Saturday, May 20, 2006

Why the LUF?

My wife asked my at some point "What is the point with LUF? You guys talk about colonising other planets, but don't we have enough problems on the Earth now? Wouldn't it be better to spend that money on fixing poverty, climate problems, pollution and wars, to mention a few things, without actually spending all that money on going to Mars?" Then she went on "If we can't sort out the way we deal with these things down here, then we are just going to make the same mistakes if we get to Mars. And then we don't deserve to spread out and destroy another planet."

In many ways I think she is right. However, I do believe that we have all the eggs in one basket at the moment and it is not impossible that humanity will get wiped out by a stray comet, as we saw a nice example of on Jupiter with Shoemaker-Levy not so long ago. Does humanity deserve to spread our wings beyond the planet Earth? I believe that we do. I think that the universe is a beautiful place. But if there is nobody to observe it, what point is there then with something of beauty? And to date, we have not found any trace of anyone else out there observing. Although we have barely started looking yet.

But, on the other hand, I do believe too that we need to sort out or mess here on the planet. And a mighty mess it is. For the last couple of years I have been studying environmental science at Stockholm University and it is depressing to learn about all the fascinating ways we are destroying the planets ecosystems. What you read in the press is not even a beginning of a description of what is going on. I had an idea about this before I started this programme at the university, but I did not realise that it was as bad as it is.

I knew that I needed to do something else with my life than to "sell better computer marketing tools to marketing people, so that they can make more money for the faceless shareholders" most who do not need more money anyway. So I quit my job to take a year sabbatical to think about things. I worked some on OTECnews and with The GreenOcean Project (I still do) before I ended up at the university. The sabbatical turned out not to be a year, but a full degree programme at the university.

So what does this have to do with the LUF? Well, the LUF was inspired by The Millennial Project, a book by Marshall T. Savage, which you can read about in some of the links on this site. Some of the first parts of the vision outlined in the book was how to use Ocean Thermal Energy Conversion (OTEC) to generate renewable energy, produce fresh water in abundance, supply nutrients for mariculture (aqua-culture in the ocean) and cold water to cool and humidify greenhouses (greenhouses are a later addition). All in a very environmentally friendly way. Much more so than using traditional methods of today.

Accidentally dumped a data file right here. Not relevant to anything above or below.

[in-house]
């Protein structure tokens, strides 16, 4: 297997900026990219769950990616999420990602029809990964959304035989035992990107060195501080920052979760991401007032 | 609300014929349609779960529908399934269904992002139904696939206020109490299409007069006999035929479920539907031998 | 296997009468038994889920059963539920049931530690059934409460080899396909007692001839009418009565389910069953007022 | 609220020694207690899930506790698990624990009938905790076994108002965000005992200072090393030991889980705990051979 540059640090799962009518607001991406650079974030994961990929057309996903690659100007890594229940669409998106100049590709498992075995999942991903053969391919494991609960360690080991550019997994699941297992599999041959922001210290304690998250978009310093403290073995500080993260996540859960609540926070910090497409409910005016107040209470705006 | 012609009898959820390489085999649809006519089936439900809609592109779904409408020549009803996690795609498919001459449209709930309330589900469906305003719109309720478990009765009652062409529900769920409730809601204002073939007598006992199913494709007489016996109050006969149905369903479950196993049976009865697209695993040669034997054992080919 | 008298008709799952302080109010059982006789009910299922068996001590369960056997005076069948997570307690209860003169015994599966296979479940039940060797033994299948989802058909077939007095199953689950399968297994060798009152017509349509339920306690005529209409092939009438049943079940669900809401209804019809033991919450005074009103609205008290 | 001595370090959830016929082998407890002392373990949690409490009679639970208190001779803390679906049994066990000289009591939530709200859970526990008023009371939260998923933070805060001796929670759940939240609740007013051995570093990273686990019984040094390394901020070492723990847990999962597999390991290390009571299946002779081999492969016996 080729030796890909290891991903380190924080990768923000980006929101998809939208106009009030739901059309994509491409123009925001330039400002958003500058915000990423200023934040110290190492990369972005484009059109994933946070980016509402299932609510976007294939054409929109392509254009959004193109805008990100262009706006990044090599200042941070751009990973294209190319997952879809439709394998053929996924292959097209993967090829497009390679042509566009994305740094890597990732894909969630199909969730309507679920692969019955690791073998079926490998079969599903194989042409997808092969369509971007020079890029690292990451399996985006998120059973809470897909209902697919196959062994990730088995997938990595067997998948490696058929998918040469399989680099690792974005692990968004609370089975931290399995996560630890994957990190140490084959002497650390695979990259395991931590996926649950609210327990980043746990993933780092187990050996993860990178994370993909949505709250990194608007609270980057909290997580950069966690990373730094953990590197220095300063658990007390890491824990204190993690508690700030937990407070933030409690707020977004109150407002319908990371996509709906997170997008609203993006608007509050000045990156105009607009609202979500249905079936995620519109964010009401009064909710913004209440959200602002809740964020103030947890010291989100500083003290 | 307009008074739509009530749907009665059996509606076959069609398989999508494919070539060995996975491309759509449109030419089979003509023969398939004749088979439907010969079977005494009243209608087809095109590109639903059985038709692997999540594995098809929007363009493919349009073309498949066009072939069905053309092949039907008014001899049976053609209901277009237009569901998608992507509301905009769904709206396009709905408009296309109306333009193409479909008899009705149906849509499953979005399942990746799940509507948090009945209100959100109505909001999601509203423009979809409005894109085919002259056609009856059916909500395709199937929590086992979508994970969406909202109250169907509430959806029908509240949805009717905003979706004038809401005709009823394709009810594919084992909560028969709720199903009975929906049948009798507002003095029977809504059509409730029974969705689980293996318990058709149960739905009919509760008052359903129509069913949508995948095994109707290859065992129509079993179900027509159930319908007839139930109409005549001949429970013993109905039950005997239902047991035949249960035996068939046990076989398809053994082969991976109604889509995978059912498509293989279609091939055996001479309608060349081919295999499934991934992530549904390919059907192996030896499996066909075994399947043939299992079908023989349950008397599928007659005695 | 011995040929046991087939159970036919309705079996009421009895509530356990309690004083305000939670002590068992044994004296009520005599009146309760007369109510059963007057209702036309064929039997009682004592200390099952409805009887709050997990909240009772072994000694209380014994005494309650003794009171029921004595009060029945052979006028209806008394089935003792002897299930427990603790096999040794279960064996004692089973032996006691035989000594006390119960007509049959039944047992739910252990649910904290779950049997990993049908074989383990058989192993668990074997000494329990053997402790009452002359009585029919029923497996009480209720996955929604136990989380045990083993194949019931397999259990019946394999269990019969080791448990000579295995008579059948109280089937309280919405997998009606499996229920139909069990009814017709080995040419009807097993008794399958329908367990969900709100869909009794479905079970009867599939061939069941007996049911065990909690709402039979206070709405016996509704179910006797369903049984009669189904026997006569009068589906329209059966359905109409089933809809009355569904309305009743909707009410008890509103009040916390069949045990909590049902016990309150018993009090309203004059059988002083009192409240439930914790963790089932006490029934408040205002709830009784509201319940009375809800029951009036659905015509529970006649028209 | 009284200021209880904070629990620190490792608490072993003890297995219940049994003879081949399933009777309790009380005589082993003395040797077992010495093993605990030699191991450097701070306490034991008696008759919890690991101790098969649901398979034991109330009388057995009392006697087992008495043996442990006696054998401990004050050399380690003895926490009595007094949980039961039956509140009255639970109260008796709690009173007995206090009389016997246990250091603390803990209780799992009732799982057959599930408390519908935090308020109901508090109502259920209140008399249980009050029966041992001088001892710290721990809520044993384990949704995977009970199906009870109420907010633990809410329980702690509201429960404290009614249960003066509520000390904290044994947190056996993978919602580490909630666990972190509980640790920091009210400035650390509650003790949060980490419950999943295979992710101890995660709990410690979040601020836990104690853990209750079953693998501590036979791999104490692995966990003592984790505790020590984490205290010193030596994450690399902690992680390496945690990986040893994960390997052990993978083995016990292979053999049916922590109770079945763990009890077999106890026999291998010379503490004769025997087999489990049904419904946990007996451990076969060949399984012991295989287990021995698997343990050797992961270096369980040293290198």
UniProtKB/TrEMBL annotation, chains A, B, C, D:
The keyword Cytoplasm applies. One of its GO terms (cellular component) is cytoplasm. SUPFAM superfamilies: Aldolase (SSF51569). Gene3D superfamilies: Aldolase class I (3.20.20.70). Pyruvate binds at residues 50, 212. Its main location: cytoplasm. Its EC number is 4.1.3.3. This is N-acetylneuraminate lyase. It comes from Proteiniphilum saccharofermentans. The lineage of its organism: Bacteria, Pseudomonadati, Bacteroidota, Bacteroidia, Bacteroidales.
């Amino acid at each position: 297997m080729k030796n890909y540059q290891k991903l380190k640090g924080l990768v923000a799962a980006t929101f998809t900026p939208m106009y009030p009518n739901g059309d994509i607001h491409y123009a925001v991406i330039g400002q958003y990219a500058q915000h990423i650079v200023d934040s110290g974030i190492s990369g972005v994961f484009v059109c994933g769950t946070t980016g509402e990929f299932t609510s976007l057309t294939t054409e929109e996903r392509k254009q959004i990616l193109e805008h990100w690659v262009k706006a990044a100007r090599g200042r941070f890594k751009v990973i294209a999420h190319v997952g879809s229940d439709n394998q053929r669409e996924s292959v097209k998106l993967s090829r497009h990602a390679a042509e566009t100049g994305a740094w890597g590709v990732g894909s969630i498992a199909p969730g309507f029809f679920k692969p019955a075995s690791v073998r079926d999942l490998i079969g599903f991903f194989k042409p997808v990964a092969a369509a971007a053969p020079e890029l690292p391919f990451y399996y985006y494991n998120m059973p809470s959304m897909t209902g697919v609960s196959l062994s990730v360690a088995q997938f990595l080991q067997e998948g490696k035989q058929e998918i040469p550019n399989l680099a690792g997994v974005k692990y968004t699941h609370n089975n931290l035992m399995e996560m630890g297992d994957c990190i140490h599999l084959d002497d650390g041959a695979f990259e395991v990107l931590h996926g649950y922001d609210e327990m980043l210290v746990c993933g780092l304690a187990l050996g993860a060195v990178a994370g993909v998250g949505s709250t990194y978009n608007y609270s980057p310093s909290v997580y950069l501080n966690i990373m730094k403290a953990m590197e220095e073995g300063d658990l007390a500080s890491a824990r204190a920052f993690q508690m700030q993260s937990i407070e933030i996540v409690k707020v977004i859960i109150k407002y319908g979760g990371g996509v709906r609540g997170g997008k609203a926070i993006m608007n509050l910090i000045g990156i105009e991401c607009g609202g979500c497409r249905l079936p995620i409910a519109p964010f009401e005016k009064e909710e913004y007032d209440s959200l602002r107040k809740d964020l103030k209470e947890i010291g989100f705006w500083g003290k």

I got interested in this part of the vision, partially because there are plenty of people interested in private space programmes today, and I think that you guys don't need my help to get those space planes off the ground (so to speak) but much fewer people are spending money on OTEC. Which is a very promising part of the required solution to the massive problems which are facing humanity today, in the shape of climate change, water shortage, over-fishing and soil destruction. All which are going to be a real problem. Not to forget that we have a growing population. We are going to be 9-10 billion people "real soon now" and these people have to be fed, watered and housed.

I believe that we need to get our eggs distributed to multiple baskets, but we have a problem of our own making in front of us which could be problematic enough to deal with if we do not get our act together. The effort spent on renewable energy, combating over-fishing of our oceans and water and soil issues are nowhere near enough what needs to be done to ensure we do not face a crisis in one or several of these areas in the next 20 years or so. 20 years may seem like a long time to you. But when you look at how long time it takes to get significant changes done in these areas you soon realise that we are pushed for time.

So I cheer you guys on when you work on a way to get people to Mars, but I spend my time trying to ensure that there will be people and ecosystems around to supply the substantial amounts of resources that are going to be needed to go to Mars. It would be real stupidity to have shiny new Mars rockets and but failing ecosystems, mass water shortages and starvation. But then, humanity does seem to favour stupidity...

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